“ We used to walk to other areas in search of potable water to cook, drink and wash our clothes and bath our children to go to school but now we have ours within our area also we can now properly follow the Covid-19 protocols by washing our hands with clean water and we are grateful.”
Mr Salim Abubakari, the assemblyman for the Ward K Electoral Area said the water supply systems and handwashing facility will help residents fight the COVID-19 pandemic as well as sanitation and hygiene-related issues.
“ We had several cases of Covid-19 in this electoral area which was the highest cases in the Sagnarigu municipality and so this project will help them to practice the handwashing protocols which will help reduce the spread of the virus .”
He disclosed that the area experiences a water crisis in the dry season adding that the project will provide residents with access to potable water even during the dry season.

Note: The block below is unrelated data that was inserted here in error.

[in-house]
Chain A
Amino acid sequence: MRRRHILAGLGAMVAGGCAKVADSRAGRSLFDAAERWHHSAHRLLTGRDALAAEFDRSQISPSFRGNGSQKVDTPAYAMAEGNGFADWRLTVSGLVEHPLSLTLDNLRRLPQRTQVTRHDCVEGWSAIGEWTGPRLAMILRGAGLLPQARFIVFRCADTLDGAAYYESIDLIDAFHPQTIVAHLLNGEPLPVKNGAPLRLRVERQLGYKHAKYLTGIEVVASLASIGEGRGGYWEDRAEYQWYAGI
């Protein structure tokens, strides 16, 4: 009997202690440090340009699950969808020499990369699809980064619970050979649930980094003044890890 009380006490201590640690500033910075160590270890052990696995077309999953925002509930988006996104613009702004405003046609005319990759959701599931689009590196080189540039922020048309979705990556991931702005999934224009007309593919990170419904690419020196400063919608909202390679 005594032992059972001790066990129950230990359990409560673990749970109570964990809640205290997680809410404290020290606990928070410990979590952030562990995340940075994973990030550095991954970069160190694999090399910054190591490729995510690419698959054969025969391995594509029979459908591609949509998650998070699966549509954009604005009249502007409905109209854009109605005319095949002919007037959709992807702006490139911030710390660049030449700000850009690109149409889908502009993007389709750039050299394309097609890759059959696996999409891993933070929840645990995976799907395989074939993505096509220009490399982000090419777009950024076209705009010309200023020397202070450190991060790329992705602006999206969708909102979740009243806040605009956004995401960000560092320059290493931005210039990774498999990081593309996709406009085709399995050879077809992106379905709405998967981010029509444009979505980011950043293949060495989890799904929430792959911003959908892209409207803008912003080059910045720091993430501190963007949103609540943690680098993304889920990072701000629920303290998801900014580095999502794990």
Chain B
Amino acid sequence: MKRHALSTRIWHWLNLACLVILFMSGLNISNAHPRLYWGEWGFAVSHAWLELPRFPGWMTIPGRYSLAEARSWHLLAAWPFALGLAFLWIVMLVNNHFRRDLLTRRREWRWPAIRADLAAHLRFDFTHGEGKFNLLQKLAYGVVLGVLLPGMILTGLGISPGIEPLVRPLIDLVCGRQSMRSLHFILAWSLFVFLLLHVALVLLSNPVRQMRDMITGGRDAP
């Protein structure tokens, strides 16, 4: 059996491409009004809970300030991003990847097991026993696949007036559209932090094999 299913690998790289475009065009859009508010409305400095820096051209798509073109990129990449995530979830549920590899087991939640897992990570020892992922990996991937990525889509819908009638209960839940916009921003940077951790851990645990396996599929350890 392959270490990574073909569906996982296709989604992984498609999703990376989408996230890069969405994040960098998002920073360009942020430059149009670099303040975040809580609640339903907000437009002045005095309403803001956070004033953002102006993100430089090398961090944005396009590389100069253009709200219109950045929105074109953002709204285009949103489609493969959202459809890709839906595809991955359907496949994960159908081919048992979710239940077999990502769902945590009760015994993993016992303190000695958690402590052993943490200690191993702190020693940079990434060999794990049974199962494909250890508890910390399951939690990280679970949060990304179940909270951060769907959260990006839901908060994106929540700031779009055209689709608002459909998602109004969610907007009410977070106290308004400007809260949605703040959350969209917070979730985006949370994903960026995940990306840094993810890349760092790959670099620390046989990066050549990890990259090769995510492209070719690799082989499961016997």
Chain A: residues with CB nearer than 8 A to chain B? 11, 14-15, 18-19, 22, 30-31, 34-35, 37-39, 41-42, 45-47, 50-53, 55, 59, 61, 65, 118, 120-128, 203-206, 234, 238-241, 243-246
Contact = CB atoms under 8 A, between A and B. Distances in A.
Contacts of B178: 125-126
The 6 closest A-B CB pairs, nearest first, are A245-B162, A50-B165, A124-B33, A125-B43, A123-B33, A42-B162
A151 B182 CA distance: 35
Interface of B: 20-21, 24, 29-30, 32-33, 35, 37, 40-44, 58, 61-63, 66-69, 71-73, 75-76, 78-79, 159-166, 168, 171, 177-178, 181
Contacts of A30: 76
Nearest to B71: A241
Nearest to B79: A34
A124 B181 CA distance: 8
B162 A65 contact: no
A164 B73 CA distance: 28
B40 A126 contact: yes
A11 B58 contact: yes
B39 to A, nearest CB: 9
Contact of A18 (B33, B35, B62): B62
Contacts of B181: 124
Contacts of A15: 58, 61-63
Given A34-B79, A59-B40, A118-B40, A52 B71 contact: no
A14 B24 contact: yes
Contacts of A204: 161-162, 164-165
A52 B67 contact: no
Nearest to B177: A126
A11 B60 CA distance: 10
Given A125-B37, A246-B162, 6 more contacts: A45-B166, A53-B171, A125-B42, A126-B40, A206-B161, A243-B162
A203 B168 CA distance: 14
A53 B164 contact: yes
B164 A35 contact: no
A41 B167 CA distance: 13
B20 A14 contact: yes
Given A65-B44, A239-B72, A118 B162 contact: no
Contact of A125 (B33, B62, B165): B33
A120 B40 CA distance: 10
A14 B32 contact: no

During a tour of selected areas in the regions where some of the Water Supply Systems and Hand Washing facilities were implemented, the Acting UN Resident Coordinator, Ghana, Niyi Ojuolape told journalists that water and sanitation are very important to live adding that without them people might lose their lives through cholera among other diseases.
He encouraged the beneficiaries to ensure that the project is sustained and lauded community members for their involvement in the maintenance of the facilities to ensure that they continue to benefit from the project.
At the Shishegu community, a similar water supply system was provided to a population of about 1,230people in the community.
A resident, Yamaha Dawuni, thanked the UN agencies for supporting them with the water supply system adding that they used to walk long distances to Sagnarigu dam to fetch the polluted water for consumption but for their intervention they now have access to potable drinking water.
A maintenance committee member at the Larini area, Yakubu Sadat, said the project has impacted the lives of residents especially women and children.